Once a mainstay of the British economy, the manufacturing sector has been facing huge challenges in recent times. Trade unions are now warning that it could soon die out altogether unless the government develops a clear strategy to stem the tide of job losses and company closures.
Employers, trade unions and politicians all seem to agree that something must be done to help improve the situation, which is clearly reaching crisis point.
Figures show that more than a million manufacturing jobs have been lost since 1997 and the decline is so serious that if the current rate continues all British jobs in the sector will be gone by 2029.
Despite the decline, economists argue that the sector is still vital to the economy with statistics from Barclays bank highlighting a combined turnover of more than £500bn.
Furthermore, 14.5% of the economy is based on manufacturing and 12% of working people are employed in the sector. Yet the haemorrhaging of jobs continues.
Speakers at the recent TUC Unite for Manufacturing conference called on government to urgently develop a more coherent policy on the future of the sector and provide greater protection for workers against mass redundancies.
Labour chancellor Gordon Brown, who is widely expected to take over as prime minister next year, is the latest figure to get involved, pledging to do more to strengthen the sector.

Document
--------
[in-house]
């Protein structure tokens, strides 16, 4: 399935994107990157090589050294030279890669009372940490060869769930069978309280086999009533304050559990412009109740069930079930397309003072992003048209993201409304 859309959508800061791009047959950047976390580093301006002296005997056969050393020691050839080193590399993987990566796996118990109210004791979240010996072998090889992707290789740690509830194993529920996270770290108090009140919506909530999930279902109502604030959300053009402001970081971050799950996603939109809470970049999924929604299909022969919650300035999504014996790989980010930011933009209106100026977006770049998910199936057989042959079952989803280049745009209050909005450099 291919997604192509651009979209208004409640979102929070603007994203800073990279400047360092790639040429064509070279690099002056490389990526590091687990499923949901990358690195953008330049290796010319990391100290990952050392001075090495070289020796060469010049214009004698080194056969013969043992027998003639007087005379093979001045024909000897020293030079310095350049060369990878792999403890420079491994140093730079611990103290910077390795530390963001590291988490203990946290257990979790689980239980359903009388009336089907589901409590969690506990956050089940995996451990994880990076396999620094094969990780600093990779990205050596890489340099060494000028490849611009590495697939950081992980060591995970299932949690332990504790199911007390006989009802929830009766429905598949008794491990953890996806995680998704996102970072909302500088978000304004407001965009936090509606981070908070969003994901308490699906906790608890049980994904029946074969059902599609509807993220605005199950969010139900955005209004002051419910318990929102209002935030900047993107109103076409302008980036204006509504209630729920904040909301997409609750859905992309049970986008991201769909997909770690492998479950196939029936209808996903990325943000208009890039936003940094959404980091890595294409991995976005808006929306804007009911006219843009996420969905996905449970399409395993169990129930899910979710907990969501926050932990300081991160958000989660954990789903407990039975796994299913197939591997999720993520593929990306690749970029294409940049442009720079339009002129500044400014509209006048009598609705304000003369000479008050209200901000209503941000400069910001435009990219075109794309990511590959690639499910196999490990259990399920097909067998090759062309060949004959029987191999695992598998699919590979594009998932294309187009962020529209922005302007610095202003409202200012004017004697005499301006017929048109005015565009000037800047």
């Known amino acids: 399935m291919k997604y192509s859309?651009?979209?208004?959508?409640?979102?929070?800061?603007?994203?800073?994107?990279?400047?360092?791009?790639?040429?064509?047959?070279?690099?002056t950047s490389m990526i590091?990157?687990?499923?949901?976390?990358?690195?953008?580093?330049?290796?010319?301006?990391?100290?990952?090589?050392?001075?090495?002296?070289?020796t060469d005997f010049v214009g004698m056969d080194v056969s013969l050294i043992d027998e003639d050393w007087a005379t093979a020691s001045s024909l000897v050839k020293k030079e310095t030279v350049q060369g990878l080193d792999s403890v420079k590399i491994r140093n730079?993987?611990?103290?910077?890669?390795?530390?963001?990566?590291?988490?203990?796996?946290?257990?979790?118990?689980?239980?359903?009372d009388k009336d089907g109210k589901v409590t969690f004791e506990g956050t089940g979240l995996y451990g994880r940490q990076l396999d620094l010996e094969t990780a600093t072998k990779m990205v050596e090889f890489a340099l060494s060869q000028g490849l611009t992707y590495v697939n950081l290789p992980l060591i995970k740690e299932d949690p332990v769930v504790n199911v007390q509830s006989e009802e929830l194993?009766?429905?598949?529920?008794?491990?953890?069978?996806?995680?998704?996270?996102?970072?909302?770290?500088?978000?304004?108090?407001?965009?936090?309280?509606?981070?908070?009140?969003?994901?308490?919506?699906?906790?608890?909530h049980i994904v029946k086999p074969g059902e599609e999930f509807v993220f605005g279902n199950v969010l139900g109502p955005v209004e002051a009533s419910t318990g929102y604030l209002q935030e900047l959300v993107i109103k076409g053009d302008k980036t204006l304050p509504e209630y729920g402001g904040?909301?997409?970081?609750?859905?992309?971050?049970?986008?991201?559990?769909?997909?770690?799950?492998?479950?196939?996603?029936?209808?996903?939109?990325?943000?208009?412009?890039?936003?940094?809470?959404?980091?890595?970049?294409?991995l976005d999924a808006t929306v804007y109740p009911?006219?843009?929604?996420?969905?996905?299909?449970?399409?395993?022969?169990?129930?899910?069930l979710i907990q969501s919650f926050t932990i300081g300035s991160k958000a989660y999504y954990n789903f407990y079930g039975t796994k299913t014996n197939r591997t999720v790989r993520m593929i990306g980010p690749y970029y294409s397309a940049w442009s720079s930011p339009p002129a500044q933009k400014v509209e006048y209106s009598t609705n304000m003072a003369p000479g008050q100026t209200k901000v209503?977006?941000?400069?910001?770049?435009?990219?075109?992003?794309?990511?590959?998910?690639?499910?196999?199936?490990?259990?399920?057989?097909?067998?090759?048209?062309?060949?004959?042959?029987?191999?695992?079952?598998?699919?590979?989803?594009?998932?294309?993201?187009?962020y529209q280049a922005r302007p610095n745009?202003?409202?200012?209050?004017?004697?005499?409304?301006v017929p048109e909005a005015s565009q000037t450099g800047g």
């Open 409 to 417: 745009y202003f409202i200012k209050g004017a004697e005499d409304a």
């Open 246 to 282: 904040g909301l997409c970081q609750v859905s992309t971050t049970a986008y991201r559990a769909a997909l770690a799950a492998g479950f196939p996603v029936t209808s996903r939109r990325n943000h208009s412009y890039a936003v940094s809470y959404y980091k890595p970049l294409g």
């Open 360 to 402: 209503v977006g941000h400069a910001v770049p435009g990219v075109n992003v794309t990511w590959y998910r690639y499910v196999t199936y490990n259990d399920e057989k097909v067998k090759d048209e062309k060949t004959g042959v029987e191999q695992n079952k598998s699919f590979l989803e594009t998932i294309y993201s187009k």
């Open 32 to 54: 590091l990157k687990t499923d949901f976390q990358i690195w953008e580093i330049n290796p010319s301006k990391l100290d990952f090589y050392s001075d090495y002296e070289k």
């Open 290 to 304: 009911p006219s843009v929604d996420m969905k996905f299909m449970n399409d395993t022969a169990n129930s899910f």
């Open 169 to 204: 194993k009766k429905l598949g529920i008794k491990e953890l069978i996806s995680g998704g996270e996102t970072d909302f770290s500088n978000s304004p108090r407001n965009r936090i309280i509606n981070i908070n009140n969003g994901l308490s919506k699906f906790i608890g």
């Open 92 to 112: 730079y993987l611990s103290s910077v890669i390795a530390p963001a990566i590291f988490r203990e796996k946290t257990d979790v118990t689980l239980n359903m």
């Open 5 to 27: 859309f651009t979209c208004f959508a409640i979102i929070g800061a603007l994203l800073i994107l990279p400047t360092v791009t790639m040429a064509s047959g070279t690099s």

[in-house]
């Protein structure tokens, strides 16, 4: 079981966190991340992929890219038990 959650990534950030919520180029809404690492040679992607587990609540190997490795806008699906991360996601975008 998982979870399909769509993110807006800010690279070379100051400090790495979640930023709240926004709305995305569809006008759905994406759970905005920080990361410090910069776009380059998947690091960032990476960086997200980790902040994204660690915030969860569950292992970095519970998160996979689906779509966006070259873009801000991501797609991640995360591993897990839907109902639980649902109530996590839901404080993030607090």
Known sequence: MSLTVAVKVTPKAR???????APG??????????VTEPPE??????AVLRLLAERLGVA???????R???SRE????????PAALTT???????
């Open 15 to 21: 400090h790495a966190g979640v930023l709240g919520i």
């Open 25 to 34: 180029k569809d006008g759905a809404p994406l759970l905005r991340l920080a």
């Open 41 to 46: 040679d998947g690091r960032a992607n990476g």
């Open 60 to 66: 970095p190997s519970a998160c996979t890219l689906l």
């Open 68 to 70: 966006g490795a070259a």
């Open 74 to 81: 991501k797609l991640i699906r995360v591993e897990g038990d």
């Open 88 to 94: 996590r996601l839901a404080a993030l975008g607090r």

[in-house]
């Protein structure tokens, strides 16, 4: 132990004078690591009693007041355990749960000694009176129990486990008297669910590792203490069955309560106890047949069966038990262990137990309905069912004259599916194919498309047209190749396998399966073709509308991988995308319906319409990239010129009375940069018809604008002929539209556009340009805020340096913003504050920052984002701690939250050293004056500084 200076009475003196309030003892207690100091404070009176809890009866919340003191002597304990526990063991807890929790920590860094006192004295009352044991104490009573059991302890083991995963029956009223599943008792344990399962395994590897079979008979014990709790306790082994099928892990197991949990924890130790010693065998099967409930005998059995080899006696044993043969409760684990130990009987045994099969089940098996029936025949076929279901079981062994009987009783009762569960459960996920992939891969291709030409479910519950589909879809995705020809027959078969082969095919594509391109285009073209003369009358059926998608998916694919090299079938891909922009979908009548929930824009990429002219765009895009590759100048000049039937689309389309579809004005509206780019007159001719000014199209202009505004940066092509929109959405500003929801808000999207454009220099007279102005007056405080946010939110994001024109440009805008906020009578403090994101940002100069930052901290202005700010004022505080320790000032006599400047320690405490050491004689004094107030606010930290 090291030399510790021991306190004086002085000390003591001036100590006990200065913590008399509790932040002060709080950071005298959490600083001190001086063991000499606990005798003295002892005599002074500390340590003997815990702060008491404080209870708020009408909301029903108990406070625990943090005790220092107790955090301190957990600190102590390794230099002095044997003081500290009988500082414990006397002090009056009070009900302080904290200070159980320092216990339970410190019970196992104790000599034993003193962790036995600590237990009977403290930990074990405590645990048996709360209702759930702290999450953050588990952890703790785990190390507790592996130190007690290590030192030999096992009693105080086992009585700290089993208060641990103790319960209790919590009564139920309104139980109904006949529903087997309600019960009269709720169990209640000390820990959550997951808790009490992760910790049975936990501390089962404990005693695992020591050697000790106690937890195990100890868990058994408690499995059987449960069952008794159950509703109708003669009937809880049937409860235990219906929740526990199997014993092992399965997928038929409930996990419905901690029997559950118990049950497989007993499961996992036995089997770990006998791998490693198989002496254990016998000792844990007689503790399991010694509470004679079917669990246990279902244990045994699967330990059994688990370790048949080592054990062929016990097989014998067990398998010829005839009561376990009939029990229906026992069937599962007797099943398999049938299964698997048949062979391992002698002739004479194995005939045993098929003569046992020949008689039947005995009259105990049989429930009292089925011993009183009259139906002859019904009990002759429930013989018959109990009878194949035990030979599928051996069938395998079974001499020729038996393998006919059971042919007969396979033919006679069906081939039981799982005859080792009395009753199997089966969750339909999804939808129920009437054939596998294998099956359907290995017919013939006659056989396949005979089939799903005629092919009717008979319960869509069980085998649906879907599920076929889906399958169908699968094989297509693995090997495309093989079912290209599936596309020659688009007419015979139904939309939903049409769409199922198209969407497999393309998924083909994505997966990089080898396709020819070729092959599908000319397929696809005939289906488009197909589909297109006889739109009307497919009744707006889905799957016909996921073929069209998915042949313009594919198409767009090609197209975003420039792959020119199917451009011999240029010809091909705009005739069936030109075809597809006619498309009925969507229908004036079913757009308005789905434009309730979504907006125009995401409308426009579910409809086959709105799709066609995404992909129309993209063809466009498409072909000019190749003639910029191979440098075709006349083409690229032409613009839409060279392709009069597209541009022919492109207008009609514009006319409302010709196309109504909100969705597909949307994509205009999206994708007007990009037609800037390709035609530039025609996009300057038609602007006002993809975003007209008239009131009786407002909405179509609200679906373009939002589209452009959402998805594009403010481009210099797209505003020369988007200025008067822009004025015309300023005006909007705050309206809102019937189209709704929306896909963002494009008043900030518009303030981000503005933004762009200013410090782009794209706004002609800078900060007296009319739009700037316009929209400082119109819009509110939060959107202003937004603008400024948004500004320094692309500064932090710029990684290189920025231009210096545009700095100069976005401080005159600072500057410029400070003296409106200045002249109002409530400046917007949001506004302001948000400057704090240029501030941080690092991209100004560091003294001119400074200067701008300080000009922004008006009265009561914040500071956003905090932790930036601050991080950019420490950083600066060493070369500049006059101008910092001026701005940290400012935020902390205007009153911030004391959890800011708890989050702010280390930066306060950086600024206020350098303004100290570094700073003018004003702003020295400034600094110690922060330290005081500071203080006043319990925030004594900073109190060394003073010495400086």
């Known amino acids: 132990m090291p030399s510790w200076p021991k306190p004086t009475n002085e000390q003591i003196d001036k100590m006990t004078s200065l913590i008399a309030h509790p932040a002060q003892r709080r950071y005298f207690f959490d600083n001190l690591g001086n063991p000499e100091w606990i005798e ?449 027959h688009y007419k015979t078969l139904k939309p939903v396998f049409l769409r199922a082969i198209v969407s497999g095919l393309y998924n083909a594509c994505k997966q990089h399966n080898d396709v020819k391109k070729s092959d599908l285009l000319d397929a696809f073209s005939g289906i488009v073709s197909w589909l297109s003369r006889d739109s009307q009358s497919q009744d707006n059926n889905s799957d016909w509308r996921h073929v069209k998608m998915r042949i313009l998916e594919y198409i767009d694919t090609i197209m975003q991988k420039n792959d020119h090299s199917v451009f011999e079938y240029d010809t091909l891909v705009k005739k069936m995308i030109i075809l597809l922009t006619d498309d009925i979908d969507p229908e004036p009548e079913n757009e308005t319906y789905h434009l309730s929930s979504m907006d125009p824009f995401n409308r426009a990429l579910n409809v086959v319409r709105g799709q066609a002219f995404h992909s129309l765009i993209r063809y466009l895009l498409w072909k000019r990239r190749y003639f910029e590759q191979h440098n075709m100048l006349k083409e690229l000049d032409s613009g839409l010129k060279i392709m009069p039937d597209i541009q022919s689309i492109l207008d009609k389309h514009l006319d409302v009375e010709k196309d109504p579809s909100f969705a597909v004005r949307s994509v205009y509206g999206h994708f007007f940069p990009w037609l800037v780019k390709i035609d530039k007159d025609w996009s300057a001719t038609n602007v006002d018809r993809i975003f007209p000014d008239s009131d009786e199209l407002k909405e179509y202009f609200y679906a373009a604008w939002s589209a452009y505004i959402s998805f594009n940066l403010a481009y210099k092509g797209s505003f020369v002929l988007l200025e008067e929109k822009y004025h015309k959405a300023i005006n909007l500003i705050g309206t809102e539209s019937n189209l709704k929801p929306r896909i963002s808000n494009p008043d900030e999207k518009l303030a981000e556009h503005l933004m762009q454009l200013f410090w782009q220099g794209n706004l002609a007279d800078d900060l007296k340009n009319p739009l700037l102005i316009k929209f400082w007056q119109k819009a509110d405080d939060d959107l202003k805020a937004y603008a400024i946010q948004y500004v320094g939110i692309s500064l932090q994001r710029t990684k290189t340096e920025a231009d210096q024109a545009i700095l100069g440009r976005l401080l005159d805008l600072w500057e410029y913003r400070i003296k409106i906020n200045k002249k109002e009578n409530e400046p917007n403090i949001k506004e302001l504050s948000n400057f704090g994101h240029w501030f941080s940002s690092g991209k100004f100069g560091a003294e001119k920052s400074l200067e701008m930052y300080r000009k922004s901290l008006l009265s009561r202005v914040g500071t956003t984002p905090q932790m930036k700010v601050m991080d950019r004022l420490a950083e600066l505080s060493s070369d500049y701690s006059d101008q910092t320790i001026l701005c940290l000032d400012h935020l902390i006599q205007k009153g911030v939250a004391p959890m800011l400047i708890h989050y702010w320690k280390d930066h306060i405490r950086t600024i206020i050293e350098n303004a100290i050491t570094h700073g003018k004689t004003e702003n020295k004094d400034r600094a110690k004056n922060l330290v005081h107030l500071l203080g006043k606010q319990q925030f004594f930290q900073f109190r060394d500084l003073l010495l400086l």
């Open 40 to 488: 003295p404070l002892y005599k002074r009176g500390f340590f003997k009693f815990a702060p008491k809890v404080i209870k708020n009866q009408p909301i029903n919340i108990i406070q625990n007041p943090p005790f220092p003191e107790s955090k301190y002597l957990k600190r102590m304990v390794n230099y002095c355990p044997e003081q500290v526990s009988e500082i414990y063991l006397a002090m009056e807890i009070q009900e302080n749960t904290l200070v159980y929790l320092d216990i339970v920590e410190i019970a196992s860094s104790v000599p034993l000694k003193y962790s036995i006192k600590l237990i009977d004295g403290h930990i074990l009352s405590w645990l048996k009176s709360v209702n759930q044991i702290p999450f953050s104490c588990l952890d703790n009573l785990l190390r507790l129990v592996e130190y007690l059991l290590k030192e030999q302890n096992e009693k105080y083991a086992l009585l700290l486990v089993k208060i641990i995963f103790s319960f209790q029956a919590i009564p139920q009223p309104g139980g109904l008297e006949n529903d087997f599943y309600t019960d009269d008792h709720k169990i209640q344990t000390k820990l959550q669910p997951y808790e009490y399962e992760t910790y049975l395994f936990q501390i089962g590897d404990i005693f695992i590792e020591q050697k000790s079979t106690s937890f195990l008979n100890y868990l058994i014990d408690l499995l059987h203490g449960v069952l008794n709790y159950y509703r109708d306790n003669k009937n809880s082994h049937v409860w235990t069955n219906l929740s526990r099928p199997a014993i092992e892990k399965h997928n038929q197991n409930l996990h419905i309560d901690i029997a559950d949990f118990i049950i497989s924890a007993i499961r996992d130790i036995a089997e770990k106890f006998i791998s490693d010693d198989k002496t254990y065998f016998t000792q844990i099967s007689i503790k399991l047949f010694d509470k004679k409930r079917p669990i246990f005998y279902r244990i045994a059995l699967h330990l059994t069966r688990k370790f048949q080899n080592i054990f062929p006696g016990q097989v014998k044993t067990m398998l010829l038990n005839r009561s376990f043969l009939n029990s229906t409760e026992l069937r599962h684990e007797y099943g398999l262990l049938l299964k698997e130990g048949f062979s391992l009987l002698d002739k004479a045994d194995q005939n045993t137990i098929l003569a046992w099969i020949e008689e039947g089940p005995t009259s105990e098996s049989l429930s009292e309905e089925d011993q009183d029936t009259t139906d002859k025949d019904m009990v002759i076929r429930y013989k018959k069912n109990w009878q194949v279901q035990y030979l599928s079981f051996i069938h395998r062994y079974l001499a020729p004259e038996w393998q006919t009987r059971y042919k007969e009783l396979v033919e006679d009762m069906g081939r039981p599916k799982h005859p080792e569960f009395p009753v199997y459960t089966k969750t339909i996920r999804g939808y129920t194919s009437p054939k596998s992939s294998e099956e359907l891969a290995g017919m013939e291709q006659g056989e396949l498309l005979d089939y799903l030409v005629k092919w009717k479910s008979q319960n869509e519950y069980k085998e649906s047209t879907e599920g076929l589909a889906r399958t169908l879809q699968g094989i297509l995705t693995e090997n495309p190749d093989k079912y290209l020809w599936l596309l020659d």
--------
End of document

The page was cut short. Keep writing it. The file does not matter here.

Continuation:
He promised a package of measures designed to drive up skills levels in the sector, increased government investment, and an expansion of the flagship Manufacturing Advisory Scheme.
“Manufacturing will always be vital to the success of the British economy. We know that skills are a priority and will do more to support capital investment in manufacturing,” he said.
Derek Simpson, general secretary of Amicus and chair of the TUC manufacturing task force, believes the current malaise has the potential to change the UK economy and society as a whole.
“There is lots of talk about skills training, but where are the jobs that these people will do? There needs to be a clear strategy for manufacturing that includes job creation policies,” he said.
One of the problems facing the UK is cost, with many overseas markets such as China and India able to produce goods far cheaper than the UK. Simpson argues that workers in the UK are far more vulnerable than those elsewhere in Europe, so when global companies need to make cuts they look to Britain first.
However, the EEF deputy director of employment policy David Yeandle thinks that any additional legislation will damage the sector even further by strangling outside investment.
“Increased protectionism would be a grave mistake. The flexible labour market and low barriers have actually led to greater inward investment. We need to raise the skills levels generally and encourage more young people to start a career in manufacturing,” he said.
“I do get a bit concerned that the unions always seem to look at the negative, which only discourages people further. It’s no good us competing for low skill, low pay jobs. We need to build skills, technology and expertise.”
But only time will tell what the future holds for manufacturing and whether Brown delivers on his promises to support the sector next year.